4. Think of the waterproofing as a secondary line of defence when using it inside a housing.
  5. For the future, a wet conversion lens is not tied to a specific manufacturer's primary lens mount. You won't be so tied in financially to a manufacturer or primary lens mount when you next update your system. Wider is not always better. A full fisheye can often be too wide, either for subject/composition or because strays get into the edges of the shot you don't realise at the time. A good wide angle at 120 to 130 can be both more flexible as a lens and easier to use. Use a WWL for that and the flexibility of swapping during a dive is a bonus.
  6. I have lanyards attached to my wet lenses. I have never had to rely on them, but it does give peace of mind. Admittedly I have bayonet connectors, so lanyards are not as complicated. On a threaded connector either the lanyard needs to be longer or to slide round as the lense is screwed in/out.
  7. If it were back in the days of film, I would be guessing the camera had been left with the lens pointing into the sun and hence burned. I wonder if the same could happen with a digital sensor?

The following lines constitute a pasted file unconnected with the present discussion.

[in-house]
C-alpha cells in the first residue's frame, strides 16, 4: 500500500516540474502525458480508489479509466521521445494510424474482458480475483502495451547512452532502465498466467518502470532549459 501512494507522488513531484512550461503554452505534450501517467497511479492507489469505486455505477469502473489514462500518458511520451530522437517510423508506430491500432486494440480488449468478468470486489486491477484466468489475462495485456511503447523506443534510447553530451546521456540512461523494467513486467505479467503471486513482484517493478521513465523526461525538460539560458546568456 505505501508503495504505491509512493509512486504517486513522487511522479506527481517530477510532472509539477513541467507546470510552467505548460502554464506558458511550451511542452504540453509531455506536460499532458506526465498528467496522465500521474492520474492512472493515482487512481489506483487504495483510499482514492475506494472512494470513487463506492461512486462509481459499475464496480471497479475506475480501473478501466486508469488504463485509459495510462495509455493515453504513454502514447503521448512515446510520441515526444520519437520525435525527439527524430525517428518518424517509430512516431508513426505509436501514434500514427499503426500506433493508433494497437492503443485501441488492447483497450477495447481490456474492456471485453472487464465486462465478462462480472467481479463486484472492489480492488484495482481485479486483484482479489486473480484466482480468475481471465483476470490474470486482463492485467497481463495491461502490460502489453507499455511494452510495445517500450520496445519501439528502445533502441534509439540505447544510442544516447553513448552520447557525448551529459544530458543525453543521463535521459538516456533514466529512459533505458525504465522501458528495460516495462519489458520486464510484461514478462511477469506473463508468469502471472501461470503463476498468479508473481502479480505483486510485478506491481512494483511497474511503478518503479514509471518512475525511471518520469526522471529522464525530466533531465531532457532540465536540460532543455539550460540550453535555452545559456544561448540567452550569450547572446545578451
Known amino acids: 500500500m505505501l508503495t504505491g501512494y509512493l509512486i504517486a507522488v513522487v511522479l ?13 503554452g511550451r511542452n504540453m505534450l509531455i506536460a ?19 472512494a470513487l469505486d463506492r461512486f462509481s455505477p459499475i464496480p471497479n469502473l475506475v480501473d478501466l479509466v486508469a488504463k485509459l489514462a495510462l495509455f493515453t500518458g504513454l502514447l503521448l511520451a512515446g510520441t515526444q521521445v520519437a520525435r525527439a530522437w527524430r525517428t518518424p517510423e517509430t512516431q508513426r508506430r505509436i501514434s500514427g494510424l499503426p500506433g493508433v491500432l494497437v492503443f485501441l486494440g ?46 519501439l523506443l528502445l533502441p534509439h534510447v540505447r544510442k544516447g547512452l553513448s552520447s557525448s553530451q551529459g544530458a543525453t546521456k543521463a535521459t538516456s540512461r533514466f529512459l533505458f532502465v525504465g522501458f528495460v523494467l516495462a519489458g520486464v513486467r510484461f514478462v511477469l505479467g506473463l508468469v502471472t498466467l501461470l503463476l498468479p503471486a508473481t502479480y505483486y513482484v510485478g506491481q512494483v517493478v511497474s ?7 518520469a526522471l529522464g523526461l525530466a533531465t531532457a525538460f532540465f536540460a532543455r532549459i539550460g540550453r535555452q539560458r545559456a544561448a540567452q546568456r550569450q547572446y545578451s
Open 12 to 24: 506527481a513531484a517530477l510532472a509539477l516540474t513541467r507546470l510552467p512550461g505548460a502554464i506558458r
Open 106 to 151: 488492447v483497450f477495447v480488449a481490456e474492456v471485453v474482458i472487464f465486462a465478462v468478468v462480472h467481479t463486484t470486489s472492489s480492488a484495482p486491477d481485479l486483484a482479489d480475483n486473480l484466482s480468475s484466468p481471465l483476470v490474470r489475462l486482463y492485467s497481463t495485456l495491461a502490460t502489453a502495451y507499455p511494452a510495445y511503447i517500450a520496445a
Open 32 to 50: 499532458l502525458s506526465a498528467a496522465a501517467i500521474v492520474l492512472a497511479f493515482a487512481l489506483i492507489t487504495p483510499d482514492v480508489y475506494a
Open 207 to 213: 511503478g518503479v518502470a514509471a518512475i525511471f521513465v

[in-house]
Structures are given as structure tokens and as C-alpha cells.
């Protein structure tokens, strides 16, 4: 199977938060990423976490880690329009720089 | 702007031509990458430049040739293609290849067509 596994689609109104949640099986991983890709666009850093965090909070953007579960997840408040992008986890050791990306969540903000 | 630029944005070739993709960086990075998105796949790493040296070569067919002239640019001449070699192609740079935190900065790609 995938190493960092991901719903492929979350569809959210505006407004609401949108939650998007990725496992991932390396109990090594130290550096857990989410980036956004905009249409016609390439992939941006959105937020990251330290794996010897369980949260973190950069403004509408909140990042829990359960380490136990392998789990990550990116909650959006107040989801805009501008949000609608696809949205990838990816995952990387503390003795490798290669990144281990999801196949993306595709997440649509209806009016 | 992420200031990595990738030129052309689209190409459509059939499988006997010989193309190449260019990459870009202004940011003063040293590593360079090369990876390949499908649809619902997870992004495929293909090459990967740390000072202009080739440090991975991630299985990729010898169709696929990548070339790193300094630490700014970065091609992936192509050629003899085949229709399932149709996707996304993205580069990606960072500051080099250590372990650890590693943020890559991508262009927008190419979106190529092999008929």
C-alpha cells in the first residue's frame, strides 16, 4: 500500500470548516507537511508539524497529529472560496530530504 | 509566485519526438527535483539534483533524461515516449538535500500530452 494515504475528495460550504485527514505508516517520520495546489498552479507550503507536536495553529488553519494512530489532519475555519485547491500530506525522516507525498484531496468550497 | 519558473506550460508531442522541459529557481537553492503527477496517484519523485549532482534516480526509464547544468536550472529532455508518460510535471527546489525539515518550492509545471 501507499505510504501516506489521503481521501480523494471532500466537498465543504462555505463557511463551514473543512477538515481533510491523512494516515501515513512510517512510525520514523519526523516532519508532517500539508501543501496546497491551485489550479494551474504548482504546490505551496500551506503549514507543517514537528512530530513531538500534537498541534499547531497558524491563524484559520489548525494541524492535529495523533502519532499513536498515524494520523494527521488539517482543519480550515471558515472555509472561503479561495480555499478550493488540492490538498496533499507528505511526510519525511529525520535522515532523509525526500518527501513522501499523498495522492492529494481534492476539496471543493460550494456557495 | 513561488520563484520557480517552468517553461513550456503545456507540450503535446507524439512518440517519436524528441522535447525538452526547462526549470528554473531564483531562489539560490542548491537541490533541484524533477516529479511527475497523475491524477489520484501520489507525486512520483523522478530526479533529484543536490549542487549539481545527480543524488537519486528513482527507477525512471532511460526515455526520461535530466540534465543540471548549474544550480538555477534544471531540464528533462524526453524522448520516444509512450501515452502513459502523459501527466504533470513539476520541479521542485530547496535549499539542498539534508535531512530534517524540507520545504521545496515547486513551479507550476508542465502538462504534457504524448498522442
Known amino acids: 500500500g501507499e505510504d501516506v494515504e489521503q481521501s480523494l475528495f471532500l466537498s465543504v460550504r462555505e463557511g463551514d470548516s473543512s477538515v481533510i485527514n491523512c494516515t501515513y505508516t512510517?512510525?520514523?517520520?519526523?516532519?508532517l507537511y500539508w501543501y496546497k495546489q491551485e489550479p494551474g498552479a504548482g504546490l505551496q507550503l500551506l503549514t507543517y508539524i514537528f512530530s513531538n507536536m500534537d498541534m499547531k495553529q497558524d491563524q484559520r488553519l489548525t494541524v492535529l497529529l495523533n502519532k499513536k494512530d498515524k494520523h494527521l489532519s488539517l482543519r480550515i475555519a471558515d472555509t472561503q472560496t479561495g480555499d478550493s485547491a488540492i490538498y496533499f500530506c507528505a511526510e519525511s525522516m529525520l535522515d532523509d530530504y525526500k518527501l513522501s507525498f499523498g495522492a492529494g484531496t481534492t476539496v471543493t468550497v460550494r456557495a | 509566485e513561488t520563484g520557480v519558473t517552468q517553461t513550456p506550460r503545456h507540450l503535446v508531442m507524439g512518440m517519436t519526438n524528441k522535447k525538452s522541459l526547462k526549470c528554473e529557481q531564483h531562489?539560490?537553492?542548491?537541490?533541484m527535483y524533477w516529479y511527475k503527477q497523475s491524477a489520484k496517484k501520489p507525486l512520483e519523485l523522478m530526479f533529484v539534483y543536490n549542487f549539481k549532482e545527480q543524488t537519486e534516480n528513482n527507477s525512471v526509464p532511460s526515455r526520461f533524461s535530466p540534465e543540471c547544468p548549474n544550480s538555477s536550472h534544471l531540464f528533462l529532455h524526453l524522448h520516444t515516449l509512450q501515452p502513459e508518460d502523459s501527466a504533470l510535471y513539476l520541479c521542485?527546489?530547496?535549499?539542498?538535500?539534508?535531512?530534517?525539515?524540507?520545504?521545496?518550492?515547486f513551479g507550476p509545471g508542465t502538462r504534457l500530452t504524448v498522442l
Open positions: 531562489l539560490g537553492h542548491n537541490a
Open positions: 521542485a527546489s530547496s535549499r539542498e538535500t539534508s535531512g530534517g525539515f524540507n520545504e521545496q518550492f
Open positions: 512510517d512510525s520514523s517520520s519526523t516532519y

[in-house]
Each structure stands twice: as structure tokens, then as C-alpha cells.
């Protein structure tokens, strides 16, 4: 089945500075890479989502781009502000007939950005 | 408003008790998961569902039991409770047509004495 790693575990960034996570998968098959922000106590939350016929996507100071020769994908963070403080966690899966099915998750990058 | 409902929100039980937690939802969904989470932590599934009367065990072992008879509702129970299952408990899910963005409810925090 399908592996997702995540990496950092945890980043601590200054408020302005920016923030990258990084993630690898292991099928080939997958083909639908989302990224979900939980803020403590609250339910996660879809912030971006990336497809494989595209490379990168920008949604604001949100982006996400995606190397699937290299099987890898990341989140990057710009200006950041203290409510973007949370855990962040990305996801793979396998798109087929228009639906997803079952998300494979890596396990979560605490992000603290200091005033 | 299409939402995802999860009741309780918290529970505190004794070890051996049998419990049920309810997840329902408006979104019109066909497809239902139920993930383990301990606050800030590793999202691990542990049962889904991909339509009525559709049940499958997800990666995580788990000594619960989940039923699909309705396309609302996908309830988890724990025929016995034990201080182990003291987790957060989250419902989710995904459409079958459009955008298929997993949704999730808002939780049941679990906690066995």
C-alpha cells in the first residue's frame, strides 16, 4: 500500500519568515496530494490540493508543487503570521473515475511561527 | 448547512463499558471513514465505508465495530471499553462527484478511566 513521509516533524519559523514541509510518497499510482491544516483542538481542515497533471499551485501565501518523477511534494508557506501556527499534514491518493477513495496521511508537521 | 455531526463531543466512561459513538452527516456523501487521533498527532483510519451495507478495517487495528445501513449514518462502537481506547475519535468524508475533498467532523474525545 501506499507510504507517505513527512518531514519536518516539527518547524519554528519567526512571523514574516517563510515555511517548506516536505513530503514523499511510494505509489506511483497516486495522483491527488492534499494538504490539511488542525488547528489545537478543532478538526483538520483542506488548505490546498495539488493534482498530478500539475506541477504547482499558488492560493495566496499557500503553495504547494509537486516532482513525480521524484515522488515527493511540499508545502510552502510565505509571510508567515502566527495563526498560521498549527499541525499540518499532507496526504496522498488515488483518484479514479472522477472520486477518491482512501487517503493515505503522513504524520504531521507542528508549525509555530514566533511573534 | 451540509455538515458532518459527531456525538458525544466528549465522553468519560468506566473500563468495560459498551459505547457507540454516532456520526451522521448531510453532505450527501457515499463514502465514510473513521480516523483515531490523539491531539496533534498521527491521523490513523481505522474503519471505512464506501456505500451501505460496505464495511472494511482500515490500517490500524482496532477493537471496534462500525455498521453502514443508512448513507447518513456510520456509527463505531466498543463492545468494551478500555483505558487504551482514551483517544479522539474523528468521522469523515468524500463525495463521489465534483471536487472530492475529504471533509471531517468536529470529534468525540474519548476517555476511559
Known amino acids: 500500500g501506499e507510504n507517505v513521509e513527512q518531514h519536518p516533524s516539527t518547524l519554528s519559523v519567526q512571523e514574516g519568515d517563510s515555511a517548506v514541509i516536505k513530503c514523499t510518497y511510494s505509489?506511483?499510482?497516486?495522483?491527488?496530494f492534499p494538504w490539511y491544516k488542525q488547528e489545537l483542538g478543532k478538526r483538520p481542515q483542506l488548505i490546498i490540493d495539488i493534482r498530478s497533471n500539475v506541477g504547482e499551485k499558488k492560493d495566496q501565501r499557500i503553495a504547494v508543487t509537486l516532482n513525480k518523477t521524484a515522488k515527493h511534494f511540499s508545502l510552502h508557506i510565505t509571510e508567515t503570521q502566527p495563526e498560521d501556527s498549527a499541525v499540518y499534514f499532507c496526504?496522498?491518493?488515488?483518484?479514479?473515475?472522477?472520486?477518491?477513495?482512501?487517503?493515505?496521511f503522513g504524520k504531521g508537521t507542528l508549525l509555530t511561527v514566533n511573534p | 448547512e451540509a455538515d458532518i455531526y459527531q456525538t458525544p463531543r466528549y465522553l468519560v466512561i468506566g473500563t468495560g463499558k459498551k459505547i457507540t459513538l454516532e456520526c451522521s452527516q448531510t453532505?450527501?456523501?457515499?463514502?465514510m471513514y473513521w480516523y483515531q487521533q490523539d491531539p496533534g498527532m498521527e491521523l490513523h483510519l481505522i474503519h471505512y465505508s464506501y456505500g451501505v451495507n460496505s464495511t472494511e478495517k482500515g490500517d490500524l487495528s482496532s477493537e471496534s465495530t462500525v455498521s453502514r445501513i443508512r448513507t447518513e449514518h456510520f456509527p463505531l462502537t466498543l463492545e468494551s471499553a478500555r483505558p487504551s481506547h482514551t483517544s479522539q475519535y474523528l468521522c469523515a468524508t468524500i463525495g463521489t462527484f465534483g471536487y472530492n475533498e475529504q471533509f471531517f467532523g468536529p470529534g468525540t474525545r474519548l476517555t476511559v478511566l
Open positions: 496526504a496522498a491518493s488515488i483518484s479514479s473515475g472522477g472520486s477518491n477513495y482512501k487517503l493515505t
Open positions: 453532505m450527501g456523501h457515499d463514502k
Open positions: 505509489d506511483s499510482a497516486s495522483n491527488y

8. That sounds like an interesting solution and avoids the cost of right angle plugs as well as the requirement for more expensive cable to fit into right angle plugs. What minimum bend radius did you achieve?
  9. The best result I ever got was by creeping up the down-current edge of a sand bank in a screaming current. That was on open circuit. Rebreathers, while bubble free, still have a noise of breathing. The time I tried in zero current with a rebreather was not successful. Given the opportunity, I would try the tripod + cable method Alex used. But that has the disadvantage of not being able to actually compose the shot.
  10. Has anyone experimented with alternate ways of implementing a 90 degree connector? Rather than bending the cable, which requires expensive multi-core cable to get the bend radius, could a connector be built with a tiny mirror in it? The idea is, use a cheap and reluctant to bend cable such as toslink, then have a connector with tiny mirror in the end to get a 90 degree reflection into the strobe optical receiver or out of the camera optical port.